The end of the war in Europe had far-reaching consequences for the course of the civil war in Russia. As long as the Allies and the Central Powers were fighting one another, they looked at their involvement in Russia as far less important. Although the Allied governments regarded the Bolsheviks and everything they stood for with fear and loathing, had the Bolsheviks continued the war against the Germany, they could have received Allied support. The Allies first assisted the Whites with the illusory hope that the anti-German front might be reconstructed. The British and the Americans, who in early 1918 sent small detachments to the far north in Murmansk and Archangel and to the far east in Vladivostok, justified their intervention in Russian affairs in terms of their need to fight the Germans. Once World War I ended, any rationale for the intervention fell away, while the opportunities for practical aid to the anti-Bolsheviks vastly improved. Immediately after the defeat of the Germans, French troops landed in Odessa, and shortly after in the Crimea. The British sent small detachments to the Caucasus and to Central Asia, and soon began the delivery of valuable military hardware to Kolchak and to Anton Denikin, the commander of the volunteer White Army.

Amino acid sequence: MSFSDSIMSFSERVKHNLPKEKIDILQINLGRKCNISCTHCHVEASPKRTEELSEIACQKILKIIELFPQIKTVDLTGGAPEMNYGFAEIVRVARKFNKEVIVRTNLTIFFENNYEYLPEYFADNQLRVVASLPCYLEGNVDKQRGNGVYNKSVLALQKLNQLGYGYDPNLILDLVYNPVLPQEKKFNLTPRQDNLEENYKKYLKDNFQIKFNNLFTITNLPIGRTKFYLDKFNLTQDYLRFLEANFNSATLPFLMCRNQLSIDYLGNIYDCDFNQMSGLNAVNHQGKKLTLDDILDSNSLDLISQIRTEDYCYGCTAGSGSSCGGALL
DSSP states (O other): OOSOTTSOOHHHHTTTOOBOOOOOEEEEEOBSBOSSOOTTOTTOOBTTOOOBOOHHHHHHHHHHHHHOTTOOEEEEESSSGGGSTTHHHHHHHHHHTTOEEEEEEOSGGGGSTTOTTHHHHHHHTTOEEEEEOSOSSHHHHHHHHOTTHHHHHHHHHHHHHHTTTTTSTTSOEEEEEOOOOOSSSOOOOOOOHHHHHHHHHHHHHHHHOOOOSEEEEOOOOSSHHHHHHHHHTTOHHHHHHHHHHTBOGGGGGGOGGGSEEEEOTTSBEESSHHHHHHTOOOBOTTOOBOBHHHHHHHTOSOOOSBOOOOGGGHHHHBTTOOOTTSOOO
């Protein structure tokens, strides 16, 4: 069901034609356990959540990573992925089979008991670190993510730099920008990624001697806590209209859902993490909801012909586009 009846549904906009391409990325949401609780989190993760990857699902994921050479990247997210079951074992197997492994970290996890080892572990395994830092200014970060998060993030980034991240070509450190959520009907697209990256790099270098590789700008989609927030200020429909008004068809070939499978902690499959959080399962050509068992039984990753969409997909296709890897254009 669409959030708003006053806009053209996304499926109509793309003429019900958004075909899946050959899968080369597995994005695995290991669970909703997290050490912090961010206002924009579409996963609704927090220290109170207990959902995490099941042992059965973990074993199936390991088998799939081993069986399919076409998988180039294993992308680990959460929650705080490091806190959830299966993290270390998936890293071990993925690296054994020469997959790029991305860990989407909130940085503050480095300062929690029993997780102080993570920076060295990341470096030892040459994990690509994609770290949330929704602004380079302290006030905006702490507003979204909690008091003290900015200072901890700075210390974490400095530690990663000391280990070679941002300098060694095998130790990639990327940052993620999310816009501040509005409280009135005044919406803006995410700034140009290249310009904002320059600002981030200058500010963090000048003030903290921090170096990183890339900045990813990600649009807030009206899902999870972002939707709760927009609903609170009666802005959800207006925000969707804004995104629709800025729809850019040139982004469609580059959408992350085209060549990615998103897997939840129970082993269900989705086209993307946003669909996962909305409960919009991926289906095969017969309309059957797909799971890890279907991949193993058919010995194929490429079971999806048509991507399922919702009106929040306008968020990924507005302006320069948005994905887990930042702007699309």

By 1920 it was fairly certain that the Reds would ultimately win. Poland, which became an independent country at the end of the war, had great territorial ambitions at Russia's expense. The Polish leader, Józef Pilsudski, believing he could get a better deal from the Bolsheviks than from the victorious Whites, waited until the defeat of the main White forces and then started his campaign. The Russo-Polish War, which inspired nationalist passions on both sides, saw changing military fortunes; at one point the victorious Red Army threatened the Polish capital. The war ultimately ended in the compromise peace of Riga in March 1921. Following the decisive phase of the Polish campaign, the Red Army defeated the commander of the volunteer White Army, Peter Wrangel, and forced him and the remnants of his army into exile. By the end of 1920 the Bolsheviks had defeated all their enemies with the exception of a few scattered peasant bands.